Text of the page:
Preparing for a New Project

It’s been a while since I’ve done much in the way of historical-based projects. Between the pandemic, just being meh, and health issues I just haven’t felt very inspired. But, for whatever reason, I suddenly have the urge to make some of the things that have been rattling around in my head.

My current project that is almost completed is just a plain linen shift. It’s geometric construction and will be serviceable under a wide variety of different outfits. I cut it out a few years ago and I finally decided to work and get that finished and remind myself that I really enjoy hand sewing. I just need to hem the sleeves and the bottom hem and I can stick a fork in that project and call it done.

With the underwear layer (almost) out of the way, I want to start looking forward to what I want to make to go over it. Not that I’m planning on going anywhere soon (shakes fist angrily at COVID) but eventually I will and because of weight gain, a lot of my current medieval outfits don’t fit. Boo!

One of the projects I have been pondering for a while now is to do a 6th-century Kentish woman’s outfit. I haven’t really done anything in this time period (other than just regular tunics) and Kent seems to have some interesting differences/interpretations from other early English clothing. I think it will be a fun research rabbit hole to dive down and fun to interpret because there is limited information for what the clothes might have looked like.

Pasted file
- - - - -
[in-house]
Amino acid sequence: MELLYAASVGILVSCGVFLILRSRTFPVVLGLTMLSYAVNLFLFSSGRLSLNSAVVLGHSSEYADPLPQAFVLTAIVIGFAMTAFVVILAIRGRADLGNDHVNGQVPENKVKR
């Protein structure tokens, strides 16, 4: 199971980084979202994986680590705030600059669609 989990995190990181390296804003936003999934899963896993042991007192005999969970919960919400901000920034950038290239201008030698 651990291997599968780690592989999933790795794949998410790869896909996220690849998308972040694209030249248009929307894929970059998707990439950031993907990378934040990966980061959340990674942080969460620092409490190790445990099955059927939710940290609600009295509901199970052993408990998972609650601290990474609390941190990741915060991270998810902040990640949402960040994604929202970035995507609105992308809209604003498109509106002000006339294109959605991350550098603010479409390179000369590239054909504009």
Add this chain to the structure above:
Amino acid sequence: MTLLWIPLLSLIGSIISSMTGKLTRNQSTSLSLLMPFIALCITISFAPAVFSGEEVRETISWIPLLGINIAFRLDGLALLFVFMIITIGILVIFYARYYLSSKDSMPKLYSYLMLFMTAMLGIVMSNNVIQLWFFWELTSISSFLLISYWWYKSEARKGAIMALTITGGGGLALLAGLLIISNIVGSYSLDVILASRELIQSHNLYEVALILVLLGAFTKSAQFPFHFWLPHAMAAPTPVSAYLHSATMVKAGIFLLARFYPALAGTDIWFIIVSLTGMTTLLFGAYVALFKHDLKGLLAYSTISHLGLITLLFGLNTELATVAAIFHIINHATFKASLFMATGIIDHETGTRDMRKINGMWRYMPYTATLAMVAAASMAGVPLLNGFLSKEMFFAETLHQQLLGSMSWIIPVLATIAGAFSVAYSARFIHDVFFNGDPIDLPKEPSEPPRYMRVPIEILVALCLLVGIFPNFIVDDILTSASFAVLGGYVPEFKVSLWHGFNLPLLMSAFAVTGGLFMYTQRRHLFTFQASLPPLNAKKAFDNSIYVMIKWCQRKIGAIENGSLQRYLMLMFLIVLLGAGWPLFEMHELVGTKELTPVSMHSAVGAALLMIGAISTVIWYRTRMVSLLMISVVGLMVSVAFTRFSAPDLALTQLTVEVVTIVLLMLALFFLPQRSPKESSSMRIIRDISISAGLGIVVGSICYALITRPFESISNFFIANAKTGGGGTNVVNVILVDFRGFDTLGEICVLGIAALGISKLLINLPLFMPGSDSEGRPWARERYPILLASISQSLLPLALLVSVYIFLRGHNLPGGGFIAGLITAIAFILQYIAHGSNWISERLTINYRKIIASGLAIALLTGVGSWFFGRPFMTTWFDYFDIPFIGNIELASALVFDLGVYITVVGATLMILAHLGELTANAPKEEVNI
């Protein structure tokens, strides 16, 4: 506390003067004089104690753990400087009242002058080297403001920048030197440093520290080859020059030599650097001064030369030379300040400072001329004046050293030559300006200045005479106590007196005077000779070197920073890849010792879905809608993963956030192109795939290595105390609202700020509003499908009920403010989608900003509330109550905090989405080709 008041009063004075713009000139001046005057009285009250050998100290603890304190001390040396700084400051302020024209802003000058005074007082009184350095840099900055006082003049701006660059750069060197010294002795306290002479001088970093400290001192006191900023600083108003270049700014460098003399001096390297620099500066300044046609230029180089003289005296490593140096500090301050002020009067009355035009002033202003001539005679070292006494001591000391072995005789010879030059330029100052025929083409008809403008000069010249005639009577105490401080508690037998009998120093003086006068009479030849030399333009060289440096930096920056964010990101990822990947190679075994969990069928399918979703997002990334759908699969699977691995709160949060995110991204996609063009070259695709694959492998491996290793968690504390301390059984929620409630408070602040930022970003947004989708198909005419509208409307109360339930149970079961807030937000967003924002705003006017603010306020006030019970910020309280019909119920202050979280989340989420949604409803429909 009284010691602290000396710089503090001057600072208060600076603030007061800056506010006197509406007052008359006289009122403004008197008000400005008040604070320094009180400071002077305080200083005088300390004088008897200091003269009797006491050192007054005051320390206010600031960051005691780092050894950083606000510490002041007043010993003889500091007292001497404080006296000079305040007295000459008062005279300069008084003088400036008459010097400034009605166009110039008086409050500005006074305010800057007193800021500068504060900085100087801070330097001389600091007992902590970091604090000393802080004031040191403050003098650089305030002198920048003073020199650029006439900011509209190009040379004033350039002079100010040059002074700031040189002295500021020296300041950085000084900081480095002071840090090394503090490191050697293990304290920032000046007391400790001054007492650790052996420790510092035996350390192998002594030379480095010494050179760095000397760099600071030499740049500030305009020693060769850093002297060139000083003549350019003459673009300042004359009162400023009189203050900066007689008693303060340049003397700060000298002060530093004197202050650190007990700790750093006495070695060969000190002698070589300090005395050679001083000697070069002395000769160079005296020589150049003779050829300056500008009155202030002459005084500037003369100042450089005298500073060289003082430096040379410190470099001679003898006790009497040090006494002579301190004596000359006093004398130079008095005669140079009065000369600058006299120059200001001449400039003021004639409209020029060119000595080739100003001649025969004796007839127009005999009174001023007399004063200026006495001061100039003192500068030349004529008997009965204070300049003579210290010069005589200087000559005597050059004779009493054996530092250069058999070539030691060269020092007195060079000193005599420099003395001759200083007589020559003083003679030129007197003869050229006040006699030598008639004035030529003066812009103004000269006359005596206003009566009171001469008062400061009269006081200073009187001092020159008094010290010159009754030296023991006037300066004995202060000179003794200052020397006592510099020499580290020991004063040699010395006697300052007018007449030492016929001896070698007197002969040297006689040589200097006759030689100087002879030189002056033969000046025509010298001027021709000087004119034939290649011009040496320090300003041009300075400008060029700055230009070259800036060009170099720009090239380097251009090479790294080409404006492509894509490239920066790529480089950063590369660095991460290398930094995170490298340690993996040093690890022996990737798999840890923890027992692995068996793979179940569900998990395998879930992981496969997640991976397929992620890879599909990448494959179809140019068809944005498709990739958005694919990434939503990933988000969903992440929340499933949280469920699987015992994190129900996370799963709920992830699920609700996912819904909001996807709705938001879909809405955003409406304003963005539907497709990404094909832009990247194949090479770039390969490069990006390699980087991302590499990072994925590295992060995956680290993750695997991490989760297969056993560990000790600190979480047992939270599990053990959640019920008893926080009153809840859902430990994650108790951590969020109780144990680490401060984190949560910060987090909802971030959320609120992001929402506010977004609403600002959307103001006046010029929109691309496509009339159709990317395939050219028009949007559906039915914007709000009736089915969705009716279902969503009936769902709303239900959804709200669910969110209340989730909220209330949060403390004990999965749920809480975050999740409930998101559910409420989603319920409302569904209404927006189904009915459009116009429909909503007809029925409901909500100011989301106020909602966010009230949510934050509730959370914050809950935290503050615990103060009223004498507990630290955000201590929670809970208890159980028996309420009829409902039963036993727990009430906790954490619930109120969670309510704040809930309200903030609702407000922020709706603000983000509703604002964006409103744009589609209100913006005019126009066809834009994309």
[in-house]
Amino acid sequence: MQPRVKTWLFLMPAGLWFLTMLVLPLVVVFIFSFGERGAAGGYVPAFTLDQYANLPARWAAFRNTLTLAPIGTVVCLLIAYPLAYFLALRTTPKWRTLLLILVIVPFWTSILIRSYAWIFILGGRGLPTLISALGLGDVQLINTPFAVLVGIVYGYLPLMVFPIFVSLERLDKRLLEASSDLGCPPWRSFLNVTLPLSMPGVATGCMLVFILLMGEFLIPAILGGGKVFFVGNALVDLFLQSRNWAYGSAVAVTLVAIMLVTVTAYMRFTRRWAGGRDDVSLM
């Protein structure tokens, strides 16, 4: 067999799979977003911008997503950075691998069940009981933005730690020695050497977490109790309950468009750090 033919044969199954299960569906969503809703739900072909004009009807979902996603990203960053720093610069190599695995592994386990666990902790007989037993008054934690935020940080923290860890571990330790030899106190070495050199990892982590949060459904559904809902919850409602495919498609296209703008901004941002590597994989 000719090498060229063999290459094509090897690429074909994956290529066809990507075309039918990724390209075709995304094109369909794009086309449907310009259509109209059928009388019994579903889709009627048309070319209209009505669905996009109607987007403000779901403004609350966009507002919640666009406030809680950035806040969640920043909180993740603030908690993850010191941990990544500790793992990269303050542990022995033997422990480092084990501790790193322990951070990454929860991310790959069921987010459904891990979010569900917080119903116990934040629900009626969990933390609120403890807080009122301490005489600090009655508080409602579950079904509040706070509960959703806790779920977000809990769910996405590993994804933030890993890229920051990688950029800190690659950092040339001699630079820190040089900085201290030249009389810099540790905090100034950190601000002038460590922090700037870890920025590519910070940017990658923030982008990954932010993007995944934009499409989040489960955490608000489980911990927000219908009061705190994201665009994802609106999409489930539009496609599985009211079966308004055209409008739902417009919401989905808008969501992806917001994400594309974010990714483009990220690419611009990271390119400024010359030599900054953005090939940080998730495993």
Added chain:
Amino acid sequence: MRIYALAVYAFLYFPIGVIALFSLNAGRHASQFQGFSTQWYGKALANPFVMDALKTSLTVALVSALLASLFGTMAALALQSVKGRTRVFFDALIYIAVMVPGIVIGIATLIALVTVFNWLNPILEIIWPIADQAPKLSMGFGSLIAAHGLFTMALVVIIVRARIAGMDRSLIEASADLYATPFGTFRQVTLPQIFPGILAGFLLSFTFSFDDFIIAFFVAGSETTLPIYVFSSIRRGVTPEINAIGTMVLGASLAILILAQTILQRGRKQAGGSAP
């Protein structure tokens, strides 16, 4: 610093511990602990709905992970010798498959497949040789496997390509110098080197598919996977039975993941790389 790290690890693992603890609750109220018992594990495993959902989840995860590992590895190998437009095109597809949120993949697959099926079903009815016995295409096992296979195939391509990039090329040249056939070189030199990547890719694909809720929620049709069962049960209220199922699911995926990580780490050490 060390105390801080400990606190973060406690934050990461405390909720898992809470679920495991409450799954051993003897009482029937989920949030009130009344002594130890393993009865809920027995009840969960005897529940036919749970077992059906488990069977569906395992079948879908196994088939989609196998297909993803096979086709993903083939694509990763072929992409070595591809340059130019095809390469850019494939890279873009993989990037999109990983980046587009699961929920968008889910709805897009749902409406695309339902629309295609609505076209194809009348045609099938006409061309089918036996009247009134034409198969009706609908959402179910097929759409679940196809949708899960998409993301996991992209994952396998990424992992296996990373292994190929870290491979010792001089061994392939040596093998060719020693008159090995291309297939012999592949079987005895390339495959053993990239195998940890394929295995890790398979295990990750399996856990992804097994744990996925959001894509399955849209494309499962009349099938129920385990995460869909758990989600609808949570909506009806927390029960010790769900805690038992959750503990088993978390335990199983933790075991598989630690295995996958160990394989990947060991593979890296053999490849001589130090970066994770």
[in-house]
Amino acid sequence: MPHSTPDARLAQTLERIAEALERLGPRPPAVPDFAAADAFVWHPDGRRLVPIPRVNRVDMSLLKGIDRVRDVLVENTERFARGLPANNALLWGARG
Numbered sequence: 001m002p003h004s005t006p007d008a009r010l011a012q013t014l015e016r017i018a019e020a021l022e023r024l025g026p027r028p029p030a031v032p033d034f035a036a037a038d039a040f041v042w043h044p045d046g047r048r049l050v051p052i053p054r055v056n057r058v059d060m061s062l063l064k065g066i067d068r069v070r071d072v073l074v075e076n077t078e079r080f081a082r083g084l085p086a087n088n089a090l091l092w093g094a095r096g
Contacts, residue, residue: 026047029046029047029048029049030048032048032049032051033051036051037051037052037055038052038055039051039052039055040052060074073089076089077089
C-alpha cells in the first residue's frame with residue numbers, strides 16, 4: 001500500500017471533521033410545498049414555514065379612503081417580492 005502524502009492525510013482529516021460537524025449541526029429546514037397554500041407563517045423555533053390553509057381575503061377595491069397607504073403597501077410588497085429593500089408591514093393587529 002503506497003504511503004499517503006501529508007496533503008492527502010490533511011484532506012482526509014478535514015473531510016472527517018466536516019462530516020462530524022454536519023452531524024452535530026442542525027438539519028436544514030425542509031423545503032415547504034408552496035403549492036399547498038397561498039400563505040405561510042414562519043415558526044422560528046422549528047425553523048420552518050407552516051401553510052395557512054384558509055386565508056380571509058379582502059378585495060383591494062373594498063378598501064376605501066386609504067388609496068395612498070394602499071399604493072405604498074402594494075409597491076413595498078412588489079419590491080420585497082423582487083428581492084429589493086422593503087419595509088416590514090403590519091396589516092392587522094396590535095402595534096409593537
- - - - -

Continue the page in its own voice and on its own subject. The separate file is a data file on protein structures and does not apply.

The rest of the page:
I’m using the texts Cloth and Clothing in Early Anglo-Saxon England AD 450-700 by Penelope Walton Rogers and Dress in Anglo-Saxon England by Gale R. Owen-Crocker as my jumping-off points for research. Plus, I’ve bookmarked a few different articles in the Medieval Clothing & Textiles series to look at as well.

I’ve been pondering the 4-brooch outfit interpretation with an undergown and an over gown/coat. I’m still researching but I’m liking the look of those interpretations and just want to glance over some other sources and see if that seems to be the current analysis of these outfits. But, I went ahead and purchased a lovely red/madder wool twill fabric from Burnley & Trowbridge that I’m looking forward to sewing and should be a decent fit for this project.

I’ll also need to start looking around and sourcing some reproduction early English brooches and accessories. Because accessories make the outfit, right?

But, this project makes me excited and I’m going to try to blog about it as I go along because this site has been dreadfully dull and slow and it would be nice to bring some more life to it. And what better life than a new project!

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